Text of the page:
Happy Birthday to Peter Max
Join Park West Gallery in wishing renowned pop artist Peter Max a happy birthday!
Born October 19, 1937, Max has become synonymous with colorful visions of the cosmos, American icons and idyllic worlds that inspire spirituality and capture the imagination.
Park West Gallery has represented Max since 1971, making it the longest-running relationship Park West has with a living artist. During his long career, the artist has painted for six U.S. presidents, was the official artist for the U.S. team for the 2006 Winter Olympics, and has created art for Woodstock, World Cups and Super Bowls. Most recently, the Tampa Museum of Art featured him in a special exhibition.
“My life’s journey has been an odyssey through time and space, filled with vivid moments, abundant with color, dazzling with sights, and vibrant with euphoric sounds,” Max writes in his biography, “The Universe of Peter Max.”
Max was born in Berlin, but in 1938 his family fled to Shanghai, China to escape Nazism. Max and his family spent 10 years in Shanghai, and Max’s experiences in these formative years would greatly influence his artistic development and spiritual growth. He became fascinated by Chinese monks painting on rice paper with large brushes, loving the freedom of line these techniques offered. He also studied the way the monks prayed and meditated on life.
“In addition to my images of sages with canes, I have painted other images of meditating figures, who stand or sit quietly to observe the changing phenomenon of nature,” Max wrote. “The figure is sort of a projection of myself onto a blank canvas unfolding.”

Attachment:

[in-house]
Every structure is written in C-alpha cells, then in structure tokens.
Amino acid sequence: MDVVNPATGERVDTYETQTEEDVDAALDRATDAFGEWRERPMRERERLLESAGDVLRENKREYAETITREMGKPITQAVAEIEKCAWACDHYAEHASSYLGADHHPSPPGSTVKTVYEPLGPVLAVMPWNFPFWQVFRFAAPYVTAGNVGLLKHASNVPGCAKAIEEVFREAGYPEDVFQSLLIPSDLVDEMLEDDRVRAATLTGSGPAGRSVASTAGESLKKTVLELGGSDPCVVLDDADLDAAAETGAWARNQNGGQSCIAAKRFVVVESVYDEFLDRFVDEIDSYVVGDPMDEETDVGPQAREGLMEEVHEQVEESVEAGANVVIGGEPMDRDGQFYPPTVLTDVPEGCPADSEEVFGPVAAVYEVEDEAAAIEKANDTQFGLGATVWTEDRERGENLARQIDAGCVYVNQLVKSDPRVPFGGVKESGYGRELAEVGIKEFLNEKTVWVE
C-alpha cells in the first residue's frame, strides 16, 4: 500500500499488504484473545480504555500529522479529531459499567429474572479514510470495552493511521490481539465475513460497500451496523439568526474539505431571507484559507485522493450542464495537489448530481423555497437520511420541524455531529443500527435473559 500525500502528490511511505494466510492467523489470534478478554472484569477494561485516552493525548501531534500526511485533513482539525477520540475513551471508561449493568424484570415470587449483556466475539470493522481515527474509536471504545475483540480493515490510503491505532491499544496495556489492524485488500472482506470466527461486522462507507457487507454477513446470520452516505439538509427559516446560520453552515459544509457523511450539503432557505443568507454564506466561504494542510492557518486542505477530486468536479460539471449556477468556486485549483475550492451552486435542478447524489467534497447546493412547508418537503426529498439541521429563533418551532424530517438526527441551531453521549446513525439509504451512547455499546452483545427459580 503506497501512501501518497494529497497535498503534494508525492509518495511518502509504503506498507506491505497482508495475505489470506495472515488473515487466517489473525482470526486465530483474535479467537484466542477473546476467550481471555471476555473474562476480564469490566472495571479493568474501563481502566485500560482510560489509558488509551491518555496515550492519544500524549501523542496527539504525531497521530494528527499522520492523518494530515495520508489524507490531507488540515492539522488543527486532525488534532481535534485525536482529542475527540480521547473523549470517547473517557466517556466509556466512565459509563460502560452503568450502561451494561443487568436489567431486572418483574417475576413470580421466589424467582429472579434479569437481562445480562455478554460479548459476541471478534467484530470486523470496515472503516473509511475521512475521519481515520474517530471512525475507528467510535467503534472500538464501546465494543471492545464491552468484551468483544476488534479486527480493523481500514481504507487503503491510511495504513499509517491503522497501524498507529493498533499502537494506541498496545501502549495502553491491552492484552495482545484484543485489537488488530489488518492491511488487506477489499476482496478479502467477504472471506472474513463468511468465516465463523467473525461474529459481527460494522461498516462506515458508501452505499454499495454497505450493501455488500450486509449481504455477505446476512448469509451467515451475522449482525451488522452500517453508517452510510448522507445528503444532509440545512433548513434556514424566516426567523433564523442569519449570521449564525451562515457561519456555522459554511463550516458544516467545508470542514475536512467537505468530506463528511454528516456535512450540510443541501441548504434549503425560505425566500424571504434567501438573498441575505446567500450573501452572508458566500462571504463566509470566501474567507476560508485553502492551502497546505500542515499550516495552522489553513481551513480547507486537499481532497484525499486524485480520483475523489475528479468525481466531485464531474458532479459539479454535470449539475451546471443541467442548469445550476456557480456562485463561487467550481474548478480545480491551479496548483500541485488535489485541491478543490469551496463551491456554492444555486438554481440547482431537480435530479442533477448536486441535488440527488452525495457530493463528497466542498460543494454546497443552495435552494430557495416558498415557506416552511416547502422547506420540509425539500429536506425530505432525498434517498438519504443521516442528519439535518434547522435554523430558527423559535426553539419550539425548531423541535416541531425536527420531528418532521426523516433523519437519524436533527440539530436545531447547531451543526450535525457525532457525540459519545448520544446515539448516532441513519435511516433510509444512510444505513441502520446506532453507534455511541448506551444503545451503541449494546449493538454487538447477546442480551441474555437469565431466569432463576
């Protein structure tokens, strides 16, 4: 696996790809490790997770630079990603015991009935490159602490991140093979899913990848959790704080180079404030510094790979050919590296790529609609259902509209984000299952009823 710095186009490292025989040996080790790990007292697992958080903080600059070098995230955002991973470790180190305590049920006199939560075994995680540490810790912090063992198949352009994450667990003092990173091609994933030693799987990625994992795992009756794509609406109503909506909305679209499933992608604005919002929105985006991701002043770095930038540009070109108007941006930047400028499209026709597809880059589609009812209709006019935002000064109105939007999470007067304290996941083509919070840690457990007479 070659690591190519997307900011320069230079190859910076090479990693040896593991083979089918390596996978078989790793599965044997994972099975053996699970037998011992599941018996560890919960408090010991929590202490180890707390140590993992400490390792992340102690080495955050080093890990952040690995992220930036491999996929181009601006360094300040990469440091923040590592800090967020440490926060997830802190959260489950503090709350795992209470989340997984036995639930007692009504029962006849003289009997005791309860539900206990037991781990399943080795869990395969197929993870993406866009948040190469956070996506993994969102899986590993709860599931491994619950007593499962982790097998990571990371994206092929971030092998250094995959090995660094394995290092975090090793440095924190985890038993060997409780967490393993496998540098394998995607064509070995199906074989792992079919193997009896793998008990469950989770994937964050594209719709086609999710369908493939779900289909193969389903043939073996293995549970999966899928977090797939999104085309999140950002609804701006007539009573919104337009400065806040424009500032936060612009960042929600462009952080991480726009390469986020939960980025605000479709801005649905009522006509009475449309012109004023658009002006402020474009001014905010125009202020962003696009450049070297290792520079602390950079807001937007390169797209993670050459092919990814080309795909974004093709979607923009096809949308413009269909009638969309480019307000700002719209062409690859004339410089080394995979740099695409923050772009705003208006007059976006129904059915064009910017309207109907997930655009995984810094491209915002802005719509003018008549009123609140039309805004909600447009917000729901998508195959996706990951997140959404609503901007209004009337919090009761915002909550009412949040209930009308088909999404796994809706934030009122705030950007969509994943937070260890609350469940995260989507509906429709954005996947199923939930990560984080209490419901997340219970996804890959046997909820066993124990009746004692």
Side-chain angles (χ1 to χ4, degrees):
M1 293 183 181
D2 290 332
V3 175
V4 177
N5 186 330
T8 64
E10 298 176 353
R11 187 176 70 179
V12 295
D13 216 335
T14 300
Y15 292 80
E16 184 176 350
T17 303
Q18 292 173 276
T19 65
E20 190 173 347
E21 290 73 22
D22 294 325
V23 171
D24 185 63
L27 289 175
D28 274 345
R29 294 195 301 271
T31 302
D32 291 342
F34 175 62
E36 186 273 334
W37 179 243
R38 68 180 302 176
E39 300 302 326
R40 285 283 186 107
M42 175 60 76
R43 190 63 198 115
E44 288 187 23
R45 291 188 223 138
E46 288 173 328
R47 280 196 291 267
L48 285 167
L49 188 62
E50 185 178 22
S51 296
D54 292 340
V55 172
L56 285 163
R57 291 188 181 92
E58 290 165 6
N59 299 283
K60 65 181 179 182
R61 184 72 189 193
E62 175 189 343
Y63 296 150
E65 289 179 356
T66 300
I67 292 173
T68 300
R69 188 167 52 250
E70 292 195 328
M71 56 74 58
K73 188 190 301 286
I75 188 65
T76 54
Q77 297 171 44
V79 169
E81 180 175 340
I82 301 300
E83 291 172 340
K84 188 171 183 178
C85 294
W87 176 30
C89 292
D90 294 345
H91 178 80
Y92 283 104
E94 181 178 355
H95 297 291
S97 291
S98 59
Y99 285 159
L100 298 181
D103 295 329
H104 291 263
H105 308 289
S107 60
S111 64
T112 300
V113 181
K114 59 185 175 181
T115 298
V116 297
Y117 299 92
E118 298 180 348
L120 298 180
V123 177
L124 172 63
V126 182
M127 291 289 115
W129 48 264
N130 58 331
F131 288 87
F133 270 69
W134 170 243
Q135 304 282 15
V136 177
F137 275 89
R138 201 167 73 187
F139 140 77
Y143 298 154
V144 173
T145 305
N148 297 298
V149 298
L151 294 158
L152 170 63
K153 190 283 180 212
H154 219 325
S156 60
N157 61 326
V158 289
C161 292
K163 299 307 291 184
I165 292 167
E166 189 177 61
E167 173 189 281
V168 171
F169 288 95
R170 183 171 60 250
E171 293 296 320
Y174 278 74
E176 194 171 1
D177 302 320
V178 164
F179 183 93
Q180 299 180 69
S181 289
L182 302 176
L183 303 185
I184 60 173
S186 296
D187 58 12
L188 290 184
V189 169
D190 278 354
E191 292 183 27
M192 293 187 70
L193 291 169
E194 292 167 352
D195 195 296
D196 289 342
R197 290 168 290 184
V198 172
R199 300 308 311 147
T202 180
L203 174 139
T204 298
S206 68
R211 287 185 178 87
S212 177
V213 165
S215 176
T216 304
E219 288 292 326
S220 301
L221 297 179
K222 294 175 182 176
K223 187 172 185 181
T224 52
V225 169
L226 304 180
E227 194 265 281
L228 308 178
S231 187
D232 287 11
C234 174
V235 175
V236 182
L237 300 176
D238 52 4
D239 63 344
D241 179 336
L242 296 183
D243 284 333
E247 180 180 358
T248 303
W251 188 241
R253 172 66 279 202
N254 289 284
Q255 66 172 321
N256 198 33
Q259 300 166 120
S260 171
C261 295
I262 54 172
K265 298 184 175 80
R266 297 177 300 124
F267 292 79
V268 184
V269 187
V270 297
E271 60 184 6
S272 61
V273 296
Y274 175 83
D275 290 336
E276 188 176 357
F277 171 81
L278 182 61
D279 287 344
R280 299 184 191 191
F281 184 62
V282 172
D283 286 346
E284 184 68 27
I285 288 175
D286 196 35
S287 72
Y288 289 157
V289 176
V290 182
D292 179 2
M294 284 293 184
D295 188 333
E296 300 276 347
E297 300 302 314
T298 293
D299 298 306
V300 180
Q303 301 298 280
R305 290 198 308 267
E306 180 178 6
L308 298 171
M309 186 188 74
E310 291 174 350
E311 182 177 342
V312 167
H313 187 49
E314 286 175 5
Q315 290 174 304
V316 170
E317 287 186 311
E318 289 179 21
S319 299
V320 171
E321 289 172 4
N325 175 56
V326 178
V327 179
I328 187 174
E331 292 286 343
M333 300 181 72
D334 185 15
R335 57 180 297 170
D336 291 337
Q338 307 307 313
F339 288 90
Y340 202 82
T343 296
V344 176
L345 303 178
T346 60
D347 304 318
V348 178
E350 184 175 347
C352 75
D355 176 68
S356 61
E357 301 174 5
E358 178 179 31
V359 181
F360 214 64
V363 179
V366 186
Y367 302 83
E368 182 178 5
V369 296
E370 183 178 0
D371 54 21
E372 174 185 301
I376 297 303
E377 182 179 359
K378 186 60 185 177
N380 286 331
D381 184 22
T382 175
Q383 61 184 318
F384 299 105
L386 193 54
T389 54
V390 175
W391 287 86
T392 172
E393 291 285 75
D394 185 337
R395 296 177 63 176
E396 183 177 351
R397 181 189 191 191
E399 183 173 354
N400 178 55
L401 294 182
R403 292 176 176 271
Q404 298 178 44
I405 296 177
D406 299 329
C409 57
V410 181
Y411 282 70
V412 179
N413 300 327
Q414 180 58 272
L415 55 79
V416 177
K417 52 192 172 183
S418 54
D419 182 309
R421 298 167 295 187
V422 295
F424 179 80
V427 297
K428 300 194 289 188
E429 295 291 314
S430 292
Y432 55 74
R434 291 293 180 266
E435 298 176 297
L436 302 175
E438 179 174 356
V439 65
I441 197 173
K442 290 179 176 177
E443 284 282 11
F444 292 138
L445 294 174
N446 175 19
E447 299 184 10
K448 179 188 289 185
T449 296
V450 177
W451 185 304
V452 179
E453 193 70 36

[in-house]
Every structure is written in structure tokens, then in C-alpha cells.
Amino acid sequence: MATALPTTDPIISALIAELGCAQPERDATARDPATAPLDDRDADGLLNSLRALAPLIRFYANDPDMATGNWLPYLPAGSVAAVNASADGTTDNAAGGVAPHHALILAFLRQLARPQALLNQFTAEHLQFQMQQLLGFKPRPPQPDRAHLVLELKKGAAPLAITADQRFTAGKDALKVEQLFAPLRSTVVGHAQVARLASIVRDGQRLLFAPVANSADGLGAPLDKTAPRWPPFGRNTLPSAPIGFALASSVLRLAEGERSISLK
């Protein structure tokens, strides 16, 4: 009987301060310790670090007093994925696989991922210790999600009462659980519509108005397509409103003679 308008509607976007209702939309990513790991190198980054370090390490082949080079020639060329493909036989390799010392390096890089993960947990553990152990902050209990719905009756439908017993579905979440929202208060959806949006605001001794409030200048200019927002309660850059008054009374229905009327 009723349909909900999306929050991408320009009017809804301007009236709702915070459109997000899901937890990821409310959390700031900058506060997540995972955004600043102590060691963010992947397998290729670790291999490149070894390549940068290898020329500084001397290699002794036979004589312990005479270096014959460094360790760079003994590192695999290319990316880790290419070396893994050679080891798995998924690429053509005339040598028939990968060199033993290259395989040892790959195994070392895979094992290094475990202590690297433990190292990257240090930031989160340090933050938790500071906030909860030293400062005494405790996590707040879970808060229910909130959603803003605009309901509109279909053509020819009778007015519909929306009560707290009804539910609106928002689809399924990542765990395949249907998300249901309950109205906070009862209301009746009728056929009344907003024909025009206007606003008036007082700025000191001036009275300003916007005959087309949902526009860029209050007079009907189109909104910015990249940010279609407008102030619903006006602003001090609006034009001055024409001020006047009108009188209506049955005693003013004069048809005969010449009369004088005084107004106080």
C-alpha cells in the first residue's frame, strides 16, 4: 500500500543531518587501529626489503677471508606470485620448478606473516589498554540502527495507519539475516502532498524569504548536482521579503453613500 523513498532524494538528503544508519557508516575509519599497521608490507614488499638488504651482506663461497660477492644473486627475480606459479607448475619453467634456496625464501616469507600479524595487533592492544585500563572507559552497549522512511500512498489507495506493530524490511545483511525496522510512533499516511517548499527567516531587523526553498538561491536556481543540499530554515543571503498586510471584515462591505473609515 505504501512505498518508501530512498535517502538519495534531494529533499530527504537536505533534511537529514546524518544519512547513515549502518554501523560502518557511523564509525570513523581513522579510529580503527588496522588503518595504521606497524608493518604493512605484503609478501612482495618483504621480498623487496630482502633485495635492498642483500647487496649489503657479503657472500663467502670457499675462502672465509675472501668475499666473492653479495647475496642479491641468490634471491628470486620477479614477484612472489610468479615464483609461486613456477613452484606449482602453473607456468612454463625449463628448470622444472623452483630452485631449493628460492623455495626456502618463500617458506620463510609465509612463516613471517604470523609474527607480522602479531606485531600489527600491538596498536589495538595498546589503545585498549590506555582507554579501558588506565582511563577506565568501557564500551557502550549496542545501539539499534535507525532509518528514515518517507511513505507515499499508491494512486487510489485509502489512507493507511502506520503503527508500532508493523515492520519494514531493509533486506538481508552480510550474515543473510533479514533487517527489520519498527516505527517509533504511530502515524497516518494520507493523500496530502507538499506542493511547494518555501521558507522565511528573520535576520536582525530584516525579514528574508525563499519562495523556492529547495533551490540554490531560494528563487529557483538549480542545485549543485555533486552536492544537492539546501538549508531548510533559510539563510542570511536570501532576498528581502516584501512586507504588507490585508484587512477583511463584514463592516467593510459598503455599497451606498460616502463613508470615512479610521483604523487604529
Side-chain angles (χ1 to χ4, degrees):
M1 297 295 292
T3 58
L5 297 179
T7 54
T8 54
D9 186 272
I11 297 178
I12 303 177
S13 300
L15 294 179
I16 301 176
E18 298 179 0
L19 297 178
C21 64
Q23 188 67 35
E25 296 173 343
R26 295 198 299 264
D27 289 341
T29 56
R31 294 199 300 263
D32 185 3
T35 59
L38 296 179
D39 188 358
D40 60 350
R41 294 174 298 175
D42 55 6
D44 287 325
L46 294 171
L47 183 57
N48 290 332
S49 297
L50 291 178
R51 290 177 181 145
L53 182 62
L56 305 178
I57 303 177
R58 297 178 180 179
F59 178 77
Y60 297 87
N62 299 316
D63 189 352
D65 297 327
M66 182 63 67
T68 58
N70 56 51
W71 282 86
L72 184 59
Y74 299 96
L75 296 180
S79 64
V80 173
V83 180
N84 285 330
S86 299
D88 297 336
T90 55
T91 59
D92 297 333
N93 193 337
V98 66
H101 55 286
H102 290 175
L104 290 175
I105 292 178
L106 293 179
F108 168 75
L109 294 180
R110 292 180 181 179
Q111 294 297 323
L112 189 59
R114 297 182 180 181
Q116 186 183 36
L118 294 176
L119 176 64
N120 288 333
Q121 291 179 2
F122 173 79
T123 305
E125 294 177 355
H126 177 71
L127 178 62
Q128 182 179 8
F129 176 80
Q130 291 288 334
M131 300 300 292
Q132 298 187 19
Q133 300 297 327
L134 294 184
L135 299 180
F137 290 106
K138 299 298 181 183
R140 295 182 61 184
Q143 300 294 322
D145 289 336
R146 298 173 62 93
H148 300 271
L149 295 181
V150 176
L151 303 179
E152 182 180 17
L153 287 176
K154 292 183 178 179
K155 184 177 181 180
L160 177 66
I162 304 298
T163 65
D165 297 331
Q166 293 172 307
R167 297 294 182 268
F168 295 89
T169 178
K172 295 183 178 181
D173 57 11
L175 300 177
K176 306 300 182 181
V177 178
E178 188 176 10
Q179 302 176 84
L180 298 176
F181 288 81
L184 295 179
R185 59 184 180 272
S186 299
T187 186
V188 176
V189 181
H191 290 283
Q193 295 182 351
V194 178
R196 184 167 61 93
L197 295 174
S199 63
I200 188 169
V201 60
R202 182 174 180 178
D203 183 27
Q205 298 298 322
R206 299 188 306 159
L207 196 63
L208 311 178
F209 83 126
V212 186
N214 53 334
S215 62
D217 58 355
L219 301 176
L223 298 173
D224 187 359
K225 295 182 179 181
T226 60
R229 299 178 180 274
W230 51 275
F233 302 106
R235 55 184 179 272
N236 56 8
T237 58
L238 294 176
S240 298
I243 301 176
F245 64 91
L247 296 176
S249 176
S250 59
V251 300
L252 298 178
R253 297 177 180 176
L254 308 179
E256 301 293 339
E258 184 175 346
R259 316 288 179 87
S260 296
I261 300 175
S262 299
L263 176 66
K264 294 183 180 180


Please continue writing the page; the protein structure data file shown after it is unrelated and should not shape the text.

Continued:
Max’s exposure to American culture took place in Shanghai, in the form of comics, movies and music. This manifested in Max’s artwork as bright colors and bold lines. His love for America shines through as well, depicted through his iconic iterations of the U.S. flag and the Statute of Liberty.
His life took him to other exotic locations that influenced his art, including Tibet, Israel and France before he and his family immigrated to the U.S. in 1953. In America, he studied extensively at the Art Students League for five years, and in 1961, began a graphic design studio with his friends, finding overnight success with his bright posters.
In 1970, Max shut down his workshop to focus on painting, adapting his techniques and changing his style to use a softer palette and broader, textured brush strokes.
Cosmology and giving back
Aside his iconic “Umbrella Man” and American iconography, Max is perhaps best known for his cosmic art. He first discovered cosmology in 1948 when a German scientist and astronomer introduced him to the subject. Max rekindled his interest upon taking a trip to an observatory and enrolling in an astronomy class at the Technion Institute of Technology in Israel.
Max channeled his wonder of exploring the vastness of the cosmos into his art, helping define the 1960s as the “Cosmic ‘60s.” To this day he imbues his paintings with his fervor for outer space, a fervor on full display in this interview with astrophysicist Neil deGrasse Tyson.
Max has used his artistic talents to support many charitable causes and organizations. He created artwork to raise money for September 11 relief funds, backs animal rights groups, and even helped raise funds to renovate the Statue of Liberty with Lee Iacocca, former chairman of the Chrysler Corporation.